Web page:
Recently, we lost American folklore legend John Prine to COVID-19 complications. He is known for being an excellent story teller and he reflects on challenges faced in everyday life. He tells these stories with humor, fun, sadness, empathy, and through many decades, he tackled difficult topics. Substance abuse, anger, harmful practices that destroyed the environment, marriage, life stressors, and even domestic violence were chalked up to humans flaws, the progress of man, or more simply, “That’s the Way that the World Goes Round.” In concert, John would not only sing, but along the way, he would stop and tell tales about his personal life. And, this song, was no different. In fact, a lot of diehard fans know this tune as the “Happy Enchilada” song. The song begins with a glimpse of domestic violence and alcohol abuse in our society. Two very difficult concerns that many Americans may be struggling with our Safer At Home initiatives.
How do we go from domestic violence and alcohol to the “Happy Enchilada” in one of his most loved songs?” It is this very point that I want to take a few moments to address. He stops in the middle song and begins a discourse on the pitfalls of communication. Sometimes, what the listener hears is not what the sender said. That’s how we get to the happy enchilada in “That’s the Way the World Goes Round.” A fan wanted John to play her favorite song. It’s a song about stressors in the moment and it makes her happy. John reminds us that some days we are up and on others, we are down. When we are down, he says, “It’s a half an inch of water, and you think you are going to drown.” The fan, well she had been singing “It’s a happy enchilada and you think you are going to drown.” What a clever way to point out, that in relationships, we often are inattentive listeners. Inattentive to ourselves and to our partners. I started thinking about warning signs within relationships that could be flags for domestic violence. Second, could working on our communication skills diffuse potential domestic violence situations?
Research on domestic violence is often mixed on what is the root cause that can predict a future violent event. However, verbally aggressive communication styles, the inability to know how to effectively manage emotions, underlying mental health issues, substance abuse, poor stress coping, limited problem solving skills, a history of prior family violence, and high conflict topics, are a few factors that contribute to incidents. High conflict discussion topics should be considered red flags for couples who suddenly have more time together or that are finally taking time out of their life to address relationship stressors during the “Stay at Home” executive order. Perpetrators are more likely to use aggressive forms of communications that include being more critical, ridiculing, threatening, denying responsibility, complaining, accusing and use name calling toward their partner. If you and your partner are talking about difficult subjects, try to practice good communication skills (accepting responsibility, compromising, and reflecting). Communication, miscommunication, retaliation, substance abuse, the need to control, or coercion are often precursors to violence. Listen to your inner voice if you are approaching dangerous thresholds. Reach out for help. You are not alone and domestic violence is not a normal coping mechanism to deal with the current stressors associated with COVID-19 or any other negative life event. Simply put, it’s not the way the world goes round.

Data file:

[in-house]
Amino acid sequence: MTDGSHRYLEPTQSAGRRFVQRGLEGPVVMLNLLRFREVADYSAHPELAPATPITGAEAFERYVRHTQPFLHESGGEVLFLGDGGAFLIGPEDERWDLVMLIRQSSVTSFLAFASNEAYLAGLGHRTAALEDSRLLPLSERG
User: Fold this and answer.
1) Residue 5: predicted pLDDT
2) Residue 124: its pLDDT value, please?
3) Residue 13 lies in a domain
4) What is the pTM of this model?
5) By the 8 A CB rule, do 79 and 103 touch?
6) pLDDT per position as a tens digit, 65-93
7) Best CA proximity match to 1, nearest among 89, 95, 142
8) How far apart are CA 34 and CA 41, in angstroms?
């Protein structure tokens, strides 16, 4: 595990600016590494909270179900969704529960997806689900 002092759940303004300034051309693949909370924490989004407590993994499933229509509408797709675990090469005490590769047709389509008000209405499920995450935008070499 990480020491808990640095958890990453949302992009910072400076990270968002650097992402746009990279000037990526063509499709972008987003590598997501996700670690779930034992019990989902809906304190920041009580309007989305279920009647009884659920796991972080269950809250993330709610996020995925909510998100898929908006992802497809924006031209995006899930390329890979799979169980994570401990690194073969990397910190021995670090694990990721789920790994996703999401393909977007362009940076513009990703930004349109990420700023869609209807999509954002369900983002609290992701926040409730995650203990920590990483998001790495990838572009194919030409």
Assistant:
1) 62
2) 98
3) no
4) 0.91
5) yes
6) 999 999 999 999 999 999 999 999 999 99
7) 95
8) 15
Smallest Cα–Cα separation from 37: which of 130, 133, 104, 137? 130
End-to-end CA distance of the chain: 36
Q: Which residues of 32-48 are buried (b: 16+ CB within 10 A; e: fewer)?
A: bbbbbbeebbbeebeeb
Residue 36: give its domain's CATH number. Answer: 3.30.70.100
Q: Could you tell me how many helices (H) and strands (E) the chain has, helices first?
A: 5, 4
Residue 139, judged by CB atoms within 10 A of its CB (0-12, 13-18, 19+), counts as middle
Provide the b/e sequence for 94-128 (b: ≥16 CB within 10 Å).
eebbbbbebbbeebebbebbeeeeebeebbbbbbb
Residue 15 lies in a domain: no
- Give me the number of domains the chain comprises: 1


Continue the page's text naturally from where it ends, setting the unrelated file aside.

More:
If you are in a violent relationship, help is available at 1-800-799-SAFE or www.hotline.org. Local resources can be found at www.endabuse.wi.org/get-help//. Or for additional information, resources, and referral services, you may contact the Service Member Support Division at 1-800-292-9464 option 1.